high-school attendance; they saw the need of fitting young people for positive
living in church service and chosen vocations but they demanded the assurance
that such training be received under Christian influences.
The institution opened 22 September 1909 on a site adjoining Hesston, Kansas, an 80-acre donation by A. L. Hess. There were 21 students and four faculty members—D. H. Bender principal, J. D. Charles, J. B. Kanagy, Estella Cooprider—and one building, later a dormitory for high-school girls.
In 1914-1917 the Administration Building was added; in 1946-47 Hess Memorial Hall, an Auditorium-Gymnasium; in 1948-1952 the J. D. Charles Hall of Science and Arts; in 1954-1956 a chapel-church—Bible department building. An accommodating cluster of practical arts shops, dormitories, offices, health unit, home economics workrooms, and faculty homes grew up around these major buildings.
In 1909 the institution was an academy; during 1912-1913 it was state accredited; in 1915-1916 college work was first given. In 1918-1927 four years of college were given (a total of 29 B.A. graduates); in 1925 a junior college organization was substituted and is now accredited by the Kansas Board of Education and the University of Kansas. The curriculum of the 1950s offered the terminal courses in vocational education and the liberal arts program. In 1951-1952 the high-school department was admitted into the North Central Association.
The first faculty had four members, one with an M.A. degree. In 1953-1954 there were 27 members with 18 Master's degrees and three who have almost completed the work for Ph.D.'s.
The institution had three presidents by 1956: D. H. Bender, 1909-1929; Milo Kauffman, 1932-1951; Roy D. Roth, president-elect 1951-1953, president 1953- . There were seven deans in that time: J. D. Charles, 1919-1923; Noah Oyer, 1923-1924; Edward Yoder, 1924-1926, 1929-32; Paul Erb, acting dean 1926-1929, dean 1933-1941; Ivan Lind, 1941-1949; Walter Oswald, 1949-1953; Justus Holsinger, 1953- .
In pace with the steady growth of the institution the area of its influence has widened. In 1909 the school opened with 21 students and the first graduating class in 1911 had five members. In 1951-52, 520 students of all grades were enrolled and 102 were graduated. Although most of the students come from the states west of the Mississippi, an increasing number of high-school students came from Ohio, Indiana, Illinois, Puerto Rico. Each year, too, there was a scattering of Canadians, African-Americans, and foreign exchange students from Europe or Asia.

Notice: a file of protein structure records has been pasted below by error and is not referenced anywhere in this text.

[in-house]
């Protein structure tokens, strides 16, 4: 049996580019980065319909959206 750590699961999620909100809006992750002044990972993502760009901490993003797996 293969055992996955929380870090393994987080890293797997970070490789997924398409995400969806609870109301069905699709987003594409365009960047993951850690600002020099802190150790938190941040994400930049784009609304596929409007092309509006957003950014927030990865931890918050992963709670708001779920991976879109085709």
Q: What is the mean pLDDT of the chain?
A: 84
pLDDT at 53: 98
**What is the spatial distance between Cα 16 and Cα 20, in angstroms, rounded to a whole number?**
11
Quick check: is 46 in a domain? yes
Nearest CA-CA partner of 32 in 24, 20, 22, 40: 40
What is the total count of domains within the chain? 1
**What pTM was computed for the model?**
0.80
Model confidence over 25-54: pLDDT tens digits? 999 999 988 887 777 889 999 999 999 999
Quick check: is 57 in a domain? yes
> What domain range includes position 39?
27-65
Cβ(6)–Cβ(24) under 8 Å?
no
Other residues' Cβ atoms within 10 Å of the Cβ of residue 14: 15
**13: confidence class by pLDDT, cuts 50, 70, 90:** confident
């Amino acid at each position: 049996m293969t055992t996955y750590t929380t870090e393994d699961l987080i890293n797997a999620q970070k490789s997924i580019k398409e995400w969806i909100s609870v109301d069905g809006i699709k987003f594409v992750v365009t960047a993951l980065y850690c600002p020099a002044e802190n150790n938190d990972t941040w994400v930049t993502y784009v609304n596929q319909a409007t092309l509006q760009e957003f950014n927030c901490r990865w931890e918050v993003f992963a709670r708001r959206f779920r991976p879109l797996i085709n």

A 1952 check on alumni vocations gave evidence that the institution kept faith with its founders. In church institutions and activities, Hesston College alumni were in front-line service. Ten were on the Goshen College instructional staff, 15 on the Hesston College faculty, three at Eastern Mennonite College, seven on the official staff at the La Junta Mennonite School of Nursing, and seven on the Mennonite Publishing House editorial staff. In the foreign and home mission outposts—in India, Africa, Japan, South America , Puerto Rico—in Mennonite Central Committee services, and in pastorates and teaching positions in home congregations Hesston College alumni filled responsible positions.
The 1953-54 faculty signed this pledge to send to its constituency:
-- Mary Miller, Mennonite Encyclopedia, vol. 2, pp. 729-730
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To cite this page:
MLA style: Sharp, John E. "Hesston College (Hesston, Kansas, USA)." Global Anabaptist Mennonite Encyclopedia Online. October 2009. Web. 20 June 2013. http://www.gameo.org/encyclopedia/contents/H495.html.
APA style: Sharp, John E. (October 2009). Hesston College (Hesston, Kansas, USA). Global Anabaptist Mennonite Encyclopedia Online. Retrieved 20 June 2013, from http://www.gameo.org/encyclopedia/contents/H495.html.